Today’s Webtoon: A Bit of Onscreen Magic

Recently I finished the 2022 Kdrama Today’s Webtoon and really enjoyed it. I’m not sure how many stars I would give it, as it does so many things right and so many wrong, and I’m not certain I’d watch it again, but it was on the whole enjoyable. Especially from a writing perspective, the characters on the show discuss much about writing, storytelling, art, and the creative process. Much food for thought there.

Starring the cute-as-a-button Kim Se Jeong (The Uncanny Encounter) as a former Judo champion turned webtoon producer, fellow toon rookie played by Nam Yoon Too (The King’s Affection), and their editing supervisor in a wonderful, quiet performance by Daniel Choi (The Jugglers), the story follows a standard “office work” genre format. The rookies are given tough assignments and learn on the job and not only become great at what they do, but also gain a newfound love for it. The show is a based on a Japanese manga called Juhan Shuttai. The previous TV adaptation came out in Japan in 2016. The show has two directors, Kim Young Hum and Jo Soo Won, both of whom worked together on Kdrama Gogh, the Starry Night. Jo has a bit more projects under his belt, having directed the amazing Pinocchio and also Doctor John, which I hope to watch someday.

First off, the show boasts many good, magical scenes, the best of which is On Ma Eum (Kim Se Jeong) and Seok Ji Hyung (Daniel Choi) flipping a coin at a bus station. It’s a great scene and cements the personalities of both characters, their chemistry, and possibly their future. The scene hints at future romance, but that ends in a bit of a dud. Here’s the scene. Many of the episodes had me in tears as they were very human, sweet stories. The show makes something what many would consider trivial, webtoons, or online comic series and graphic novels, and shows how the writing, messages, images, and themes can be just as profound and soul touch as literary works of yore. In tone, the show is low key, the music light. The webtoon artists themselves are all fun personalities, each with their own challenges and their own little dramas. Again, and again the producers and editors of Neon Webtoon have to stretch and finesse them to meet their production goals and keep producing toons that the audience will keep reading.

I found all the discussions about story and what makes one webtoon better than another to be fascinating. It was also interesting to see how much pressure there is to produce when working with serial stories. Sometimes I wondered if these people, artists, editors, or producers, every really got a day off. Often the artists who I figured would give up did not and some who did came back at the end, wiser and more practiced in their craft. It was inspiring to watch.

Although in the show itself the characters discuss romance in stories and how it can help move stories along and engage the audience, for some mystifying reason, at least in this adaption, there is almost zero romance. By the end, a little is forced in, and it really felt forced. Although there’s a significant age gap, the palpable chemistry between Kim Se Jeong and her supervisor really overshadows the third lead, the other rookie, Goo Jun Yeong. Spoiler: He is supposed to be the love interest. It also really doesn’t help that Nam Yoon Too is one of those actors that sucks the energy off the screen. It’s not exactly bad acting, but certainly not engaging acting and lacking in screen presence. In his defense, though, Daniel Choi has an advantage, being more of a veteran actor and looking ridiculously good in glasses–and supervisor Seok owns a lot of glasses. Also really awkward throughout the show is the product placements, not subtle in the slightest and with the tendency to pull one out of the story.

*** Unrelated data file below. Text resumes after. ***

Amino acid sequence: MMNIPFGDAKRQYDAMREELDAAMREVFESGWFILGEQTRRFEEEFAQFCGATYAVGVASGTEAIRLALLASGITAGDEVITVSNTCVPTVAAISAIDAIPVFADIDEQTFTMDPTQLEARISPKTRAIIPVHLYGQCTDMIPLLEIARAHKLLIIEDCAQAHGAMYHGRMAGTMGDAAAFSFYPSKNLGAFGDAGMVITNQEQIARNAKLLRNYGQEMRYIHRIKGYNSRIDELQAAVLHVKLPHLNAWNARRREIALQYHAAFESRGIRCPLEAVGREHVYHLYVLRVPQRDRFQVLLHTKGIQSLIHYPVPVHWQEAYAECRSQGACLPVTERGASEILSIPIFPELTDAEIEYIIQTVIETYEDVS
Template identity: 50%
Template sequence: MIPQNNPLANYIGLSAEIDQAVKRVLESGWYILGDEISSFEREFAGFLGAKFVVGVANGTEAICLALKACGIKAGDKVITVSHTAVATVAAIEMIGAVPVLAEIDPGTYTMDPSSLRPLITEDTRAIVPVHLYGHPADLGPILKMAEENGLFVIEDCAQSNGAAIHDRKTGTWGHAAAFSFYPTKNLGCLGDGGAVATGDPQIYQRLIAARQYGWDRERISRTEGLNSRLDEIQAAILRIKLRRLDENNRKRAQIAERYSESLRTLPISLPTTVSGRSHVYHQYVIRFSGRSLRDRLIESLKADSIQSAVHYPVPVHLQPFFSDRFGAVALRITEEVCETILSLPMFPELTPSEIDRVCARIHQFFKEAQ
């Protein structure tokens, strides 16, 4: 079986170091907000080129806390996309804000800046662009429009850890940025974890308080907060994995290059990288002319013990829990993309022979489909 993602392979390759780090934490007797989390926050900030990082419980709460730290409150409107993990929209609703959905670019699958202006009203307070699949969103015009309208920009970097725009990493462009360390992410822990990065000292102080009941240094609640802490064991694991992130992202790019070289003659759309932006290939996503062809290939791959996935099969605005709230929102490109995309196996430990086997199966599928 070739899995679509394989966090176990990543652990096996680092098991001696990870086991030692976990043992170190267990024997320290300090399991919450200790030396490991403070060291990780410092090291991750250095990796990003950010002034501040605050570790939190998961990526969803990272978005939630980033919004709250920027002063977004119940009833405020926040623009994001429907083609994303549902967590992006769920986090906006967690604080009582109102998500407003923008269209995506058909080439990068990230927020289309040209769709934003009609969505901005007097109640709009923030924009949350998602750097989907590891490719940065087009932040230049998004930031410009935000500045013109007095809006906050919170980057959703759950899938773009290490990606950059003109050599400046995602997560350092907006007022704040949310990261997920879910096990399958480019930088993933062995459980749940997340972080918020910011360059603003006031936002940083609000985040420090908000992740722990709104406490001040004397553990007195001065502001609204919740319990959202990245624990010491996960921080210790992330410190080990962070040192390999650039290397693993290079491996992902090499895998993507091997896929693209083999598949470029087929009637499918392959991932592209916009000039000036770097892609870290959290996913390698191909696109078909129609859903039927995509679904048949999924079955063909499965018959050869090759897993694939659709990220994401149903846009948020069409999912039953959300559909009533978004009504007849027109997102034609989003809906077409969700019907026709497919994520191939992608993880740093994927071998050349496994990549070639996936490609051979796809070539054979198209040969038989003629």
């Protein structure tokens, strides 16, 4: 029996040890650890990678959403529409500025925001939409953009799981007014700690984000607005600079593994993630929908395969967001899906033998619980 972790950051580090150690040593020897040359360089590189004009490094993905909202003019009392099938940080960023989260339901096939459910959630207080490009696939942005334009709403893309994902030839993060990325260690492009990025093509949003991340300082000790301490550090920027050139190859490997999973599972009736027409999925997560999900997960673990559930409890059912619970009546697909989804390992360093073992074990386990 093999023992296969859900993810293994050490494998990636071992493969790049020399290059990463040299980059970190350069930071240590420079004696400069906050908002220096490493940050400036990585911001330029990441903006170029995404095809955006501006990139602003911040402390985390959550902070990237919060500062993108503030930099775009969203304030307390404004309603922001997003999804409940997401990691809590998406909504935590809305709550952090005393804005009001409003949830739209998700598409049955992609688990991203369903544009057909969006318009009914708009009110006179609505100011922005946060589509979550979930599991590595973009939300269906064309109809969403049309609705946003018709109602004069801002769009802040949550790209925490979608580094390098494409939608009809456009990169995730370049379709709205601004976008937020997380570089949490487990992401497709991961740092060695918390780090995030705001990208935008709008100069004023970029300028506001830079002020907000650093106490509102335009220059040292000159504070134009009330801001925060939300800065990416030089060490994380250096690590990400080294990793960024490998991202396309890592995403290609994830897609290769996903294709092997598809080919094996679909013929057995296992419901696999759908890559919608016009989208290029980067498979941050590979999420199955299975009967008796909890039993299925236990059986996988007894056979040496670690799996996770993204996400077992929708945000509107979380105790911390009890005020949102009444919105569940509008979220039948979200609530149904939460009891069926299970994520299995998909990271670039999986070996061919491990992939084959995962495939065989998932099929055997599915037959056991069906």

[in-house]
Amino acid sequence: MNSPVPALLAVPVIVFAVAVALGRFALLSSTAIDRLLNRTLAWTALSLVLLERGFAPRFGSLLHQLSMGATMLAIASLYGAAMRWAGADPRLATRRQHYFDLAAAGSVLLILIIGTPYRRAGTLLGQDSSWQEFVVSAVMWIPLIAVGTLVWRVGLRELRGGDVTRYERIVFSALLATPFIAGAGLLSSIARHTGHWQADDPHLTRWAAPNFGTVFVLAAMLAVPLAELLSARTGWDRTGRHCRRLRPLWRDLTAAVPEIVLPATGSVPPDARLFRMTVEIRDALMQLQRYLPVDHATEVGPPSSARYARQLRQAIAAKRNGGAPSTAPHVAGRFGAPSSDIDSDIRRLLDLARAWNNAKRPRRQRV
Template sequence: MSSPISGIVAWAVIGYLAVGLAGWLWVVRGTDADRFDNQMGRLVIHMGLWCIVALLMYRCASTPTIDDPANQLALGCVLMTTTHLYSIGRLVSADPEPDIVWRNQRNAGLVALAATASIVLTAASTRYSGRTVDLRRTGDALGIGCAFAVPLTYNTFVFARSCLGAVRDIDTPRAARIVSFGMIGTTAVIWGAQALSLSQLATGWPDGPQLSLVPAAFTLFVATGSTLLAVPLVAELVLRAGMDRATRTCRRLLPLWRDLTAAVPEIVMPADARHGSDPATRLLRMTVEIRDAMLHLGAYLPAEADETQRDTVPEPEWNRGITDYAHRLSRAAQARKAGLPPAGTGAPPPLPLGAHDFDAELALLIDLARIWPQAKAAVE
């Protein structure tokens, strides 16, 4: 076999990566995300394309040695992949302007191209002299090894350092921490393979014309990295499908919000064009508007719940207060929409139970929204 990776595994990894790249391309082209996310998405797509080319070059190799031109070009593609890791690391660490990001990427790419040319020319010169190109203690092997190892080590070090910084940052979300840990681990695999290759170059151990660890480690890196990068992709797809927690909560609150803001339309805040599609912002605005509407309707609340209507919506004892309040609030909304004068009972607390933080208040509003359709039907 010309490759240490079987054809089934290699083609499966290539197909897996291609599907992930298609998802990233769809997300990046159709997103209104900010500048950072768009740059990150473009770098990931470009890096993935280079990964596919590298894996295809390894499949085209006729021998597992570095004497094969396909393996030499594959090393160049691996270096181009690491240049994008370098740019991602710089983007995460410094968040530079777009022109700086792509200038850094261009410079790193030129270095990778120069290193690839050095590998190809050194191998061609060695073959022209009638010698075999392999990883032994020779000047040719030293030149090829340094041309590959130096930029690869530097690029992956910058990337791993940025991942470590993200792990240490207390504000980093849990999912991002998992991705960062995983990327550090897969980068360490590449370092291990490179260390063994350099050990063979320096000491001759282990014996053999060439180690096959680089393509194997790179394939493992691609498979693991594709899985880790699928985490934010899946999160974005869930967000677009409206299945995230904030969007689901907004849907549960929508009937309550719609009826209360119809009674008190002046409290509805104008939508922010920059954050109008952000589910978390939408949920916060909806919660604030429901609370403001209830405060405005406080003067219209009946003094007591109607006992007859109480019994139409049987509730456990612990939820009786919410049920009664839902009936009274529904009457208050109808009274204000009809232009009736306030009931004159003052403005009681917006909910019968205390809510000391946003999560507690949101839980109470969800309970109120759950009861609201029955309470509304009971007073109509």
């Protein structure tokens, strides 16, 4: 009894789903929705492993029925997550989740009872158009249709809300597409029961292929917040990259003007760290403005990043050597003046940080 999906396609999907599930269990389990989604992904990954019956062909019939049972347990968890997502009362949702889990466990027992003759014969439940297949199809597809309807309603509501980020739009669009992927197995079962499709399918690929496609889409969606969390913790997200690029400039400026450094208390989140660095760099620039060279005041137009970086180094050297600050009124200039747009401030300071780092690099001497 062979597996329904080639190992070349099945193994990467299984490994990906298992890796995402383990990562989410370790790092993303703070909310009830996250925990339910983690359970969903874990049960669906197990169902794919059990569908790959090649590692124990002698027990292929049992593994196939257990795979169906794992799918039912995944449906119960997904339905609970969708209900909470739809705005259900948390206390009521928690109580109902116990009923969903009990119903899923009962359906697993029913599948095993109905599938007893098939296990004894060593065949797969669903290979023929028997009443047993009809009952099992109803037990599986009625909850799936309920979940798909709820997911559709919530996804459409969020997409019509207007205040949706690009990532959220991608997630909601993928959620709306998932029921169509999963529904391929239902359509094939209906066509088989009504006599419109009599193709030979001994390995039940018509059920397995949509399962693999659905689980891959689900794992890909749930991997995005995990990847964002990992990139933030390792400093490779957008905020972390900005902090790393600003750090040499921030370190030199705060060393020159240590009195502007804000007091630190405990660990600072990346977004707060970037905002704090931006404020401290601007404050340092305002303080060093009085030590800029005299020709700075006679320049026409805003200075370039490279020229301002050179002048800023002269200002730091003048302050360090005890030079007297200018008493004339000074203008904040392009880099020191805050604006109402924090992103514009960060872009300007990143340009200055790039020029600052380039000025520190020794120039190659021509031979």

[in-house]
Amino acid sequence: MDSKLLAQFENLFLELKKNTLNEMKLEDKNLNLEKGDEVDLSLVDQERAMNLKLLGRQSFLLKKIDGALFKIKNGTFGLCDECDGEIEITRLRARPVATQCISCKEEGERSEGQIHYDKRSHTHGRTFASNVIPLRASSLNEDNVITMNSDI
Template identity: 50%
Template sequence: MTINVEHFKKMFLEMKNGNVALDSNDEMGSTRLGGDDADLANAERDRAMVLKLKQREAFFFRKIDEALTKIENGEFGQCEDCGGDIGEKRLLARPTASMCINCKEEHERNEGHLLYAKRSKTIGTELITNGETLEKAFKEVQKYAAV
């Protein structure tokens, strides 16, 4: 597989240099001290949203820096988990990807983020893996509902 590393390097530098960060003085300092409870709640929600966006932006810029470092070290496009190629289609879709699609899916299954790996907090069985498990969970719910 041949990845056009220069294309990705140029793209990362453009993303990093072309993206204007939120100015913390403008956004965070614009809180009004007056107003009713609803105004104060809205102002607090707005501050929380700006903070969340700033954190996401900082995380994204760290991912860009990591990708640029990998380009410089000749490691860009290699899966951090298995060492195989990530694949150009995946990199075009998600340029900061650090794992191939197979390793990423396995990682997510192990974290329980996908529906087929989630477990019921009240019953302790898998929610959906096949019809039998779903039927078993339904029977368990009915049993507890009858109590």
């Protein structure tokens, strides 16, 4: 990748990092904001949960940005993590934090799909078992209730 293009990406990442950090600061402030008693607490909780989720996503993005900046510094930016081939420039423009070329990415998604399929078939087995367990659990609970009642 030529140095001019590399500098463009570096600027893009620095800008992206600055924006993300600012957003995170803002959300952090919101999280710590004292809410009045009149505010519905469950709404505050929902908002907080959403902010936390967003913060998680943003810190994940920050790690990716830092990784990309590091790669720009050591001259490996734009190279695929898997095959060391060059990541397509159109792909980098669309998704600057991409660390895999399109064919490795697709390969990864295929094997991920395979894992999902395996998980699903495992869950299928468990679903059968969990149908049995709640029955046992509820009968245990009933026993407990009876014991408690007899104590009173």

The latter half of Today’s Webtoon almost had me stop watching. One of the webtoon artists is clearly dealing with trauma or psychological problems and it is like no one at all notices. But his behavior is even abnormal despite the colorful characters that are the other artists. When the fact that he has a problem gets addressed, it is handled very poorly, with a not-too-credible reason for what happened. Although the character gets much needed closure, it is probably the show’s worst moment.

Another thing that really had me rolling my eyes after awhile, was the Neon Webtoon department’s obsession with their former company Ginger Toon. I get that it didn’t work out and that it is sad for them, but…it is a bit too much after awhile, especially as, not to disrespect comics, but it is not like they are making essential products or solving major world problems or something. It is great they all still have so much passion for Ginger Toon, but it is also cringey that they can’t just move on already. And the bad guy is so meh, but that kind of works as with the low-key style of the drama. The primary focus is the main character’s transformation in joining this field of work.

Speaking of that, I can’t say enough about Kim Se Jeong. She brings so much life to the screen and is a pleasure to watch. Her character is written well, and the Judo angle kind of neat, as is the fact that her family owns a manga or comic book cafe. Almost all of the family scenes are wonderful. They seem like a real family that genuinely cares for each other. Kim really carries the show, especially as after awhile Daniel Choi is severely underused. The outfits chosen for her character show the growing pains of a character that’s never really thought about fashion before. In the end Ma Eum’s style is comfortable, yet feminine, and unique to her.

Today’s Webtoon isn’t a drama that will change your life, but it may give you the itch to be more creative and to consider how much meaning all stories have for their readers/watchers/consumers.

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